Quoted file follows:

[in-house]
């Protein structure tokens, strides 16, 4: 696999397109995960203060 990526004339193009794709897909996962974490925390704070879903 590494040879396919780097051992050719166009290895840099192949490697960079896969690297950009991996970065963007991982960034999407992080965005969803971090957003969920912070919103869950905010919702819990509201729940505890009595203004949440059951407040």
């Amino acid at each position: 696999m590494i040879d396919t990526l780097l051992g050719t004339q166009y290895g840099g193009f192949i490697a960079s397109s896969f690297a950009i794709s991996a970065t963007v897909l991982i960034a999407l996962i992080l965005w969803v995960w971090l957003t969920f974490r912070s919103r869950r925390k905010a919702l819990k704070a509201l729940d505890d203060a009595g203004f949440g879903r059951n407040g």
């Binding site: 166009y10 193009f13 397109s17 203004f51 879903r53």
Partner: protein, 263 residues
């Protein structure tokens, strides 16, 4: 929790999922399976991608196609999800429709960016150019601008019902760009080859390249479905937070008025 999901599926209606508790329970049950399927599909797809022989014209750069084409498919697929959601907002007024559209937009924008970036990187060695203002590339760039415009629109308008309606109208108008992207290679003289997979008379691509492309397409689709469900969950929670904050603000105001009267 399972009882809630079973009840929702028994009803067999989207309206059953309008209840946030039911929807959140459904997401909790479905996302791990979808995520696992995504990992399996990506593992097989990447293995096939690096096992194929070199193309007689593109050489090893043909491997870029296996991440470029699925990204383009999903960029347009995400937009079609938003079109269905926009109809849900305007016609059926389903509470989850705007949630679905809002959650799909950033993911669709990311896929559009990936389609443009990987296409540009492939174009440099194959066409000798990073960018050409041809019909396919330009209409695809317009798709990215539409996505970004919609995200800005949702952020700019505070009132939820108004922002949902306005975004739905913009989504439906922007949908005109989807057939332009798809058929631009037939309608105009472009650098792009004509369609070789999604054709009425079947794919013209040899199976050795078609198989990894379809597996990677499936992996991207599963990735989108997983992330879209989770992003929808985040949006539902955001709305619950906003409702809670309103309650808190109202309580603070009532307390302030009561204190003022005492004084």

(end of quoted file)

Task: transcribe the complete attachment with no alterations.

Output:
[in-house]
């Protein structure tokens, strides 16, 4: 696999397109995960203060 990526004339193009794709897909996962974490925390704070879903 590494040879396919780097051992050719166009290895840099192949490697960079896969690297950009991996970065963007991982960034999407992080965005969803971090957003969920912070919103869950905010919702819990509201729940505890009595203004949440059951407040």
């Amino acid at each position: 696999m590494i040879d396919t990526l780097l051992g050719t004339q166009y290895g840099g193009f192949i490697a960079s397109s896969f690297a950009i794709s991996a970065t963007v897909l991982i960034a999407l996962i992080l965005w969803v995960w971090l957003t969920f974490r912070s919103r869950r925390k905010a919702l819990k704070a509201l729940d505890d203060a009595g203004f949440g879903r059951n407040g």
């Binding site: 166009y10 193009f13 397109s17 203004f51 879903r53």
Partner: protein, 263 residues
């Protein structure tokens, strides 16, 4: 929790999922399976991608196609999800429709960016150019601008019902760009080859390249479905937070008025 999901599926209606508790329970049950399927599909797809022989014209750069084409498919697929959601907002007024559209937009924008970036990187060695203002590339760039415009629109308008309606109208108008992207290679003289997979008379691509492309397409689709469900969950929670904050603000105001009267 399972009882809630079973009840929702028994009803067999989207309206059953309008209840946030039911929807959140459904997401909790479905996302791990979808995520696992995504990992399996990506593992097989990447293995096939690096096992194929070199193309007689593109050489090893043909491997870029296996991440470029699925990204383009999903960029347009995400937009079609938003079109269905926009109809849900305007016609059926389903509470989850705007949630679905809002959650799909950033993911669709990311896929559009990936389609443009990987296409540009492939174009440099194959066409000798990073960018050409041809019909396919330009209409695809317009798709990215539409996505970004919609995200800005949702952020700019505070009132939820108004922002949902306005975004739905913009989504439906922007949908005109989807057939332009798809058929631009037939309608105009472009650098792009004509369609070789999604054709009425079947794919013209040899199976050795078609198989990894379809597996990677499936992996991207599963990735989108997983992330879209989770992003929808985040949006539902955001709305619950906003409702809670309103309650808190109202309580603070009532307390302030009561204190003022005492004084």